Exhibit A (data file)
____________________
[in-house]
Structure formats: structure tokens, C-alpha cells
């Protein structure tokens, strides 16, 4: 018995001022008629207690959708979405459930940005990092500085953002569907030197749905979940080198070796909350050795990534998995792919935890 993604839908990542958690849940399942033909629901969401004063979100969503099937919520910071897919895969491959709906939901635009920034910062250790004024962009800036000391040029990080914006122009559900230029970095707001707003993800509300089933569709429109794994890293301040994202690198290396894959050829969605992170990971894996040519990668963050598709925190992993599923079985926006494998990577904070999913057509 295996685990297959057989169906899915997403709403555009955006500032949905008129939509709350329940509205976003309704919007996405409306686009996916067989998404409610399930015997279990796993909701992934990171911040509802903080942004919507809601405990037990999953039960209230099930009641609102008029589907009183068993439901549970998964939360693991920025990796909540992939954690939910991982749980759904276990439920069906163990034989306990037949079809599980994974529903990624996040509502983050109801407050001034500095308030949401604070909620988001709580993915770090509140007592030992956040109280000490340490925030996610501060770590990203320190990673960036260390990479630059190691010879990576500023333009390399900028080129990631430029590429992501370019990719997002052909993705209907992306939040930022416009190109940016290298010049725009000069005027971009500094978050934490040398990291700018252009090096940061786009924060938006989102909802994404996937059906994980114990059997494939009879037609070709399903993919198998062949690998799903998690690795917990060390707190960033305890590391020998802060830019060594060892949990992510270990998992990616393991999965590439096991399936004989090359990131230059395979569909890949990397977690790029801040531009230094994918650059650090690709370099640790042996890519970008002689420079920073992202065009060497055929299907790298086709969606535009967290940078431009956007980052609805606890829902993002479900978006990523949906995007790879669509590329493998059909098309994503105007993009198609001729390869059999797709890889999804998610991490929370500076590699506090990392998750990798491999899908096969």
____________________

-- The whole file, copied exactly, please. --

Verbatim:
[in-house]
Structure formats: structure tokens, C-alpha cells
């Protein structure tokens, strides 16, 4: 018995001022008629207690959708979405459930940005990092500085953002569907030197749905979940080198070796909350050795990534998995792919935890 993604839908990542958690849940399942033909629901969401004063979100969503099937919520910071897919895969491959709906939901635009920034910062250790004024962009800036000391040029990080914006122009559900230029970095707001707003993800509300089933569709429109794994890293301040994202690198290396894959050829969605992170990971894996040519990668963050598709925190992993599923079985926006494998990577904070999913057509 295996685990297959057989169906899915997403709403555009955006500032949905008129939509709350329940509205976003309704919007996405409306686009996916067989998404409610399930015997279990796993909701992934990171911040509802903080942004919507809601405990037990999953039960209230099930009641609102008029589907009183068993439901549970998964939360693991920025990796909540992939954690939910991982749980759904276990439920069906163990034989306990037949079809599980994974529903990624996040509502983050109801407050001034500095308030949401604070909620988001709580993915770090509140007592030992956040109280000490340490925030996610501060770590990203320190990673960036260390990479630059190691010879990576500023333009390399900028080129990631430029590429992501370019990719997002052909993705209907992306939040930022416009190109940016290298010049725009000069005027971009500094978050934490040398990291700018252009090096940061786009924060938006989102909802994404996937059906994980114990059997494939009879037609070709399903993919198998062949690998799903998690690795917990060390707190960033305890590391020998802060830019060594060892949990992510270990998992990616393991999965590439096991399936004989090359990131230059395979569909890949990397977690790029801040531009230094994918650059650090690709370099640790042996890519970008002689420079920073992202065009060497055929299907790298086709969606535009967290940078431009956007980052609805606890829902993002479900978006990523949906995007790879669509590329493998059909098309994503105007993009198609001729390869059999797709890889999804998610991490929370500076590699506090990392998750990798491999899908096969």